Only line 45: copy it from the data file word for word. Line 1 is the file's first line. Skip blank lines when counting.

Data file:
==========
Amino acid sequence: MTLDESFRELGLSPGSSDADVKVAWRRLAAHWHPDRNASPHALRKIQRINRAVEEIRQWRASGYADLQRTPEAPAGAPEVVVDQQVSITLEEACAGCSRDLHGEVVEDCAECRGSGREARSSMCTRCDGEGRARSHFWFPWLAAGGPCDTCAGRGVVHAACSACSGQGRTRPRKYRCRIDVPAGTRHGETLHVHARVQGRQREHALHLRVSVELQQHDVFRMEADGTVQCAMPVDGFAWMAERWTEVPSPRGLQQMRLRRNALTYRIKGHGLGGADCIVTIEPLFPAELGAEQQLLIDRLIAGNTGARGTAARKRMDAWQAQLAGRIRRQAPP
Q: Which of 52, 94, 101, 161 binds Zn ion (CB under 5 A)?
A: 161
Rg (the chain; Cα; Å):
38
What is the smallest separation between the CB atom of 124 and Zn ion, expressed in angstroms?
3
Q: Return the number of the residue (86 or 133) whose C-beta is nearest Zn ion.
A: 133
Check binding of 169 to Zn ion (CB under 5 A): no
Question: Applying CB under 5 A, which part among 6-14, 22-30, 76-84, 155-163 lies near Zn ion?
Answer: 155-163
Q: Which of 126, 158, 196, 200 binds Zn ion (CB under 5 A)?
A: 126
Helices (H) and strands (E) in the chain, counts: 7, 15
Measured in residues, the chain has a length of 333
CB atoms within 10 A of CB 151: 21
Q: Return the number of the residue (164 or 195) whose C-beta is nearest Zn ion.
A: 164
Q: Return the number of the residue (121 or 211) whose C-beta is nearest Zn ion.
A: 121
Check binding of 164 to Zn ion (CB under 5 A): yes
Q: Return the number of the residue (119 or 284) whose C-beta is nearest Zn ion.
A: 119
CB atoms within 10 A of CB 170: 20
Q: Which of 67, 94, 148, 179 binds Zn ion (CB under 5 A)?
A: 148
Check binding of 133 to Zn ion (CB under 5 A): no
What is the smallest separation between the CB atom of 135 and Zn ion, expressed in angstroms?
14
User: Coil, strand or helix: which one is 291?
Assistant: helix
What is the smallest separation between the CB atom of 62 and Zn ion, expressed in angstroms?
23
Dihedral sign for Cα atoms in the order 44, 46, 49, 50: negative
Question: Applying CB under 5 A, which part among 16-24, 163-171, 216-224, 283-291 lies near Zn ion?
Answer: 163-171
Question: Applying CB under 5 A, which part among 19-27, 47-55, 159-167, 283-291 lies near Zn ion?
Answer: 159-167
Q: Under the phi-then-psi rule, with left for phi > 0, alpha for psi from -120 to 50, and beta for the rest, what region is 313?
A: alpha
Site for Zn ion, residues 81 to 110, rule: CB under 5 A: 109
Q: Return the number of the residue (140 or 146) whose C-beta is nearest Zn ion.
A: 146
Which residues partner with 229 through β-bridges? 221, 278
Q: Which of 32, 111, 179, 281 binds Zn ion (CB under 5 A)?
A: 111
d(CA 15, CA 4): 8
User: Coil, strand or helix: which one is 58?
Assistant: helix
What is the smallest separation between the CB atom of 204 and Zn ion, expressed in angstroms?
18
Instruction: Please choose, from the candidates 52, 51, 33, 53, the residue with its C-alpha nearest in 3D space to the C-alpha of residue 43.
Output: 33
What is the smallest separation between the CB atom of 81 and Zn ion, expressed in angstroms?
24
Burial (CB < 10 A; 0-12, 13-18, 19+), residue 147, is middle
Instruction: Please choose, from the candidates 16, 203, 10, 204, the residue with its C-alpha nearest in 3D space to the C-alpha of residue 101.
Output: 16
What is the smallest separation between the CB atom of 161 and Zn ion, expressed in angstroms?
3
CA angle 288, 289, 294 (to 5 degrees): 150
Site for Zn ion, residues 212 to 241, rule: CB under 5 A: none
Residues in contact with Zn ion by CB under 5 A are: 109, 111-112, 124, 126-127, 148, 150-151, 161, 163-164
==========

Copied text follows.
Which residues partner with 229 through β-bridges? 221, 278